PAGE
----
Italia.gif (5305 byte)

Sail Adventures

Home News Bareboat Sailing itinerary Cultural itinerary Link Contact

Aeolian Islands

Generated by the fire springing out from the sea depths, this lava conic islands reach to the sky for more than one thousand meters. The original nine mouths, nowadays reduced to two only albeit very active and violent outlets, were the home of the most active Greek gods like Volcano, the mythological weapon's forger and Jupiter s lethal arrows and Aeolus, the archipelago ruler, that here, mythology again tell us, hid here its wind goatskin bag.
Today these islands, so close one to another and yet so peculiarly different, are a well sought after tourist location offering a full range of options: from the Alicudi and Filicudi simple life style still governed by centuries old traditions,

to the exclusive and fashionable Panarea, to the rich and exotic Salina s vegetation, to the relaxed Lipari atmosphere: a world on its own resembling planets simultaneously influencing and rejecting one another and yet, capable of delivering in their totality, unsuspecting sensations.
Mountainous Lipari is the larger and the archipelago s capital; the centrally positioned Chirica mountain is the highest, flanked by the lesser Guardia, Rosa and Sant Angelo, its peak offer an enviable view of the entire archipelago. Mount Pelato instead, is completely covered with pumice rock which after being properly polished is exported the world over. There are several inhabited conglomerates: Lipari itself the most important, is placed between Marina Lunga and Marina Corta coves with the Acropolis, converted into a fortress in the fifteen century, in between. There is a beautiful Norman cathedral and a visit to the Aeolian Museum cannot be missed; there in twenty five rooms, the complete documentation on the various civilizations that have influenced the archipelago development, is neatly displayed; it will tell, among other interesting things, of the strategically important role these islands played with their barycentre position in the western Mediterranean. Lipari does not have a proper port but various places offer an acceptably safe mooring like Marina Corta cove where yachts can moor, stern first, at a quay whose head is reserved to the ferries and hydrofoils: 25 meters of this dock are reserved to yachting. Main south easterly winds strongly influence this facility which is subject to heavy swell. Sottomaestro has 30 berths at the Yachting dock and some additional ones at the commercial quay very well sheltered from third and fourth quadrant. The best refuge is at Pignataro with shelter from first and second quadrant provided by a breakwater with depths from 3 to 5 meters where, besides commercial and fishing crafts, about 40 yachts can lay at moorings. Canneto is sheltered from the third and fourth quadrants and has a pier used by ferries. A channel only 800 meters wide separate Lipari from Volcano island and its steep crags. The island is divided in three parts: Vulcano Piano 400 meters high, with a rich, colored vegetation predominantly made of broom flowers,; Vulcano Porto, flat and plain with the port installation over which the crater generated by the last eruption that changed the island outlay in 1888/1890 overhangs and, lastly, Vulcanello an islet sprung from the water on 183 B.C. and over which various craters formed up and later on, gave way to the isthmus connecting today the two islands via the two main coves. With an ensemble of very fine sand, rocky formations, sulphureous lakes and hot boiling waters, the island present a unique view.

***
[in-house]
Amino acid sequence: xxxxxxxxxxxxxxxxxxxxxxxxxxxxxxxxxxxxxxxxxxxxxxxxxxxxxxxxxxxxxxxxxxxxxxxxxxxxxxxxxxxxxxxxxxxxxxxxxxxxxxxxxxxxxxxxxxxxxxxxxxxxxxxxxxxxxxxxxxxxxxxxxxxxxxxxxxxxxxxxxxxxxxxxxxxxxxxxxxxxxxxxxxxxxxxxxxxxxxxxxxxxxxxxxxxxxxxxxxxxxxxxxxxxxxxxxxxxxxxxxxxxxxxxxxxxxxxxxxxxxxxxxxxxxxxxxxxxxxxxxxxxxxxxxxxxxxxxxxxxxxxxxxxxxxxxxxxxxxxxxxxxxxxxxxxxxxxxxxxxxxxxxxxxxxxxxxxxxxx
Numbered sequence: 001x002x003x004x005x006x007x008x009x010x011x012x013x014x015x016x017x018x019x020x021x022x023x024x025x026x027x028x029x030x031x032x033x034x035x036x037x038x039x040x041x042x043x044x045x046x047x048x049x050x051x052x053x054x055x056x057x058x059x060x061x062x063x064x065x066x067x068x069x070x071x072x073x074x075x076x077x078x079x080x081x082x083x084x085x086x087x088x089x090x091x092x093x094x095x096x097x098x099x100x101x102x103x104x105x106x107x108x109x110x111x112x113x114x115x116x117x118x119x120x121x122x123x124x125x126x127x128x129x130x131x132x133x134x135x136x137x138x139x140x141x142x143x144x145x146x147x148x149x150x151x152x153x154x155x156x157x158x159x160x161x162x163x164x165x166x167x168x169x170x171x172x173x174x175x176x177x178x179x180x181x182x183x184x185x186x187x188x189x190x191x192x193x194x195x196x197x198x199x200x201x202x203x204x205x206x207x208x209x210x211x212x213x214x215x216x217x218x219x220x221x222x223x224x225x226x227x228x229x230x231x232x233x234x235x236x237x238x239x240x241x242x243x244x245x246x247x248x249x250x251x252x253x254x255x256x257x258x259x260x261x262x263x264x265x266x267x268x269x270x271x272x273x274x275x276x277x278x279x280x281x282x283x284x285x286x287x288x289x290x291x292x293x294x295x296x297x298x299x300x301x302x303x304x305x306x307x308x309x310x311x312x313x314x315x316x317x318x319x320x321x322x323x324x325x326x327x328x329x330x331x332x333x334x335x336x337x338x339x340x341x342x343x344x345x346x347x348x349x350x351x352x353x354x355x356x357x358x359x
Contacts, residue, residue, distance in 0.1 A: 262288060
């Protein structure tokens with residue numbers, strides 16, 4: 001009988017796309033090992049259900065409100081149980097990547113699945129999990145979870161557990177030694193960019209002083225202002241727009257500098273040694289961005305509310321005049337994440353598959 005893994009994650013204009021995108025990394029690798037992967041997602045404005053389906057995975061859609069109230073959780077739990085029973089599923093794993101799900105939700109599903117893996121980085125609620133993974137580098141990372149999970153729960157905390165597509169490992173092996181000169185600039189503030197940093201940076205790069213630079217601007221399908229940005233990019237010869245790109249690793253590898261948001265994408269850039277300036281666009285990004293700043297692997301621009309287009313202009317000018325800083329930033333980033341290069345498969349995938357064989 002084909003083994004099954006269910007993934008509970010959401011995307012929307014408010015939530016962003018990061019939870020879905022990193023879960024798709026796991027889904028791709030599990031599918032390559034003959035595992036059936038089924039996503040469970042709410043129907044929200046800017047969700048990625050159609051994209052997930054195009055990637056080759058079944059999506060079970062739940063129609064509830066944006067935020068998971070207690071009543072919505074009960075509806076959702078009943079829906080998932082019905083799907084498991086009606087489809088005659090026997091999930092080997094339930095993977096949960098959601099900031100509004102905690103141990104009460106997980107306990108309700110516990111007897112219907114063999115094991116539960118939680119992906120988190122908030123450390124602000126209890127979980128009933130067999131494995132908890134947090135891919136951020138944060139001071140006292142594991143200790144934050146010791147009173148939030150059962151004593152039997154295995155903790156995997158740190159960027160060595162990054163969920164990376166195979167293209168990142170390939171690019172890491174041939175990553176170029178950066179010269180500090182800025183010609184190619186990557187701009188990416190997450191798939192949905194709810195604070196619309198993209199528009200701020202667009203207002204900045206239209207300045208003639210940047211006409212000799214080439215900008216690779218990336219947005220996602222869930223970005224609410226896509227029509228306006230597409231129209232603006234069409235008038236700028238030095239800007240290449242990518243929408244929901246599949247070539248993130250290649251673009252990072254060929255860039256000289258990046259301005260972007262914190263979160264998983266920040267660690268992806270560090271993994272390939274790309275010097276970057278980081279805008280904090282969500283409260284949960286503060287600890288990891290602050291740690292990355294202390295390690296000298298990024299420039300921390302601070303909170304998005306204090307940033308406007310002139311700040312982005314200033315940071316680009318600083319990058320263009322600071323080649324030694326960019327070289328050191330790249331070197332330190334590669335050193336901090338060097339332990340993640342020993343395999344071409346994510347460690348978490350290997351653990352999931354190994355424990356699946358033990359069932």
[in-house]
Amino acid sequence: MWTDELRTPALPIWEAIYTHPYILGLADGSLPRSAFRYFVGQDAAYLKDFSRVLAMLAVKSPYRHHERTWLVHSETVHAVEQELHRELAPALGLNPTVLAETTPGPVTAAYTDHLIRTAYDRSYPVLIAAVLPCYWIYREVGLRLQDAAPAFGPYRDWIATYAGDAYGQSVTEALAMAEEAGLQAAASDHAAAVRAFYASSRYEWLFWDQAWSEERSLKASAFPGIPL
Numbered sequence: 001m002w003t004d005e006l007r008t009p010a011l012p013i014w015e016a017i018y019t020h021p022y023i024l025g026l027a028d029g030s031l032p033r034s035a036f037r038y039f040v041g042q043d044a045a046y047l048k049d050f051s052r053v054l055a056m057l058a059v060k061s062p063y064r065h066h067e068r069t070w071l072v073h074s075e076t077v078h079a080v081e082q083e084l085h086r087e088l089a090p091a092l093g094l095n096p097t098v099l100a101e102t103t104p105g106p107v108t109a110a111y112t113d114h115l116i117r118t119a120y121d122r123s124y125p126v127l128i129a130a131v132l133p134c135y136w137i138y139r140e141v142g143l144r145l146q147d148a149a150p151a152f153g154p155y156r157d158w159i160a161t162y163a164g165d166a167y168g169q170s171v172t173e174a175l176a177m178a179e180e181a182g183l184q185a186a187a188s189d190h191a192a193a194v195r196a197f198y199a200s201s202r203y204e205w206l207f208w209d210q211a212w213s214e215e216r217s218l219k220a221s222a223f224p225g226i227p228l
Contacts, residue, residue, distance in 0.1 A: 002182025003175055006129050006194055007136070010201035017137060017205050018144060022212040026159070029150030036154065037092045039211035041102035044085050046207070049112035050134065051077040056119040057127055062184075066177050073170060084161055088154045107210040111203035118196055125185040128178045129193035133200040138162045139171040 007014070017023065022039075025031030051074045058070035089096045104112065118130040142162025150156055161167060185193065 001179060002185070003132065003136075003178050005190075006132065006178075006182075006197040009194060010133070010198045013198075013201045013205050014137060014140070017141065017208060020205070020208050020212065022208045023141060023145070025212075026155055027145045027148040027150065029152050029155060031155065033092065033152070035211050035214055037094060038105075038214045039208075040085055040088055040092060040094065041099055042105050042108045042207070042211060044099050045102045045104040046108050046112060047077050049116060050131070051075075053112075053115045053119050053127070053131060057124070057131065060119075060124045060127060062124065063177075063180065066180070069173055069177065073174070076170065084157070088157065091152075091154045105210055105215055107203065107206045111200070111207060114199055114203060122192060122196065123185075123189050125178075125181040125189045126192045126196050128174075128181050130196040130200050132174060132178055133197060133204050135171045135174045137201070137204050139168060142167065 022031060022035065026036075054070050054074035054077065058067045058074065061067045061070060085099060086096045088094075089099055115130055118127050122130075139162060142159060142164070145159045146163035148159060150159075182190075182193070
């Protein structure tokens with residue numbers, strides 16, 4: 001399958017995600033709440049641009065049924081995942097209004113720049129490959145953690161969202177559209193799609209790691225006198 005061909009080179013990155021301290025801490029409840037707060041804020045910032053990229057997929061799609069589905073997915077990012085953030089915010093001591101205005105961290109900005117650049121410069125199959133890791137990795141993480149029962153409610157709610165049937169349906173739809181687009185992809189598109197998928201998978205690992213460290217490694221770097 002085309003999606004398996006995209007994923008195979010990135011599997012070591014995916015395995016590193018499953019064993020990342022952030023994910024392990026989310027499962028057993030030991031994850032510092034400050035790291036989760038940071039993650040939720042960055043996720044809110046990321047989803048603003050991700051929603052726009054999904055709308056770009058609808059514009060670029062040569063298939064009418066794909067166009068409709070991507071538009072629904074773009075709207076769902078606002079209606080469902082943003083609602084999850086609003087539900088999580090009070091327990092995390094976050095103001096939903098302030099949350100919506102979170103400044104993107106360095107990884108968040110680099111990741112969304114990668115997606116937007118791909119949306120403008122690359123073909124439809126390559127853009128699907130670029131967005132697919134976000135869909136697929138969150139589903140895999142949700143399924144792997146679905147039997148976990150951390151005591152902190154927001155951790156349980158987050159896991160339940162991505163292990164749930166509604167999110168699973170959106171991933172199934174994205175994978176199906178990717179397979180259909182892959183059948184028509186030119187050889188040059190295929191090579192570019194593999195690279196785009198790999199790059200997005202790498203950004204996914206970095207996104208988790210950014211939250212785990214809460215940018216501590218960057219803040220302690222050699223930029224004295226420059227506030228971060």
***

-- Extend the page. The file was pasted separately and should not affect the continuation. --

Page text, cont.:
At Porto Levante there is a massive breakwater 85 meters long and fitter with mooring facilities where yachts can dock leaving space for the public ferries and hydrofoils. The landing at Gelso, between Punta dei Porci and Punta Bandiera, is exclusively dedicated to the emergency island's evacuation in case of volcanic explosions. Further to the north and about 2 miles away, lies Salina island whose outline displays two mountains, Fossa dei Felci being the higher at 963 meters; further down the two mountain sides join together forming the Valdichiesa valley.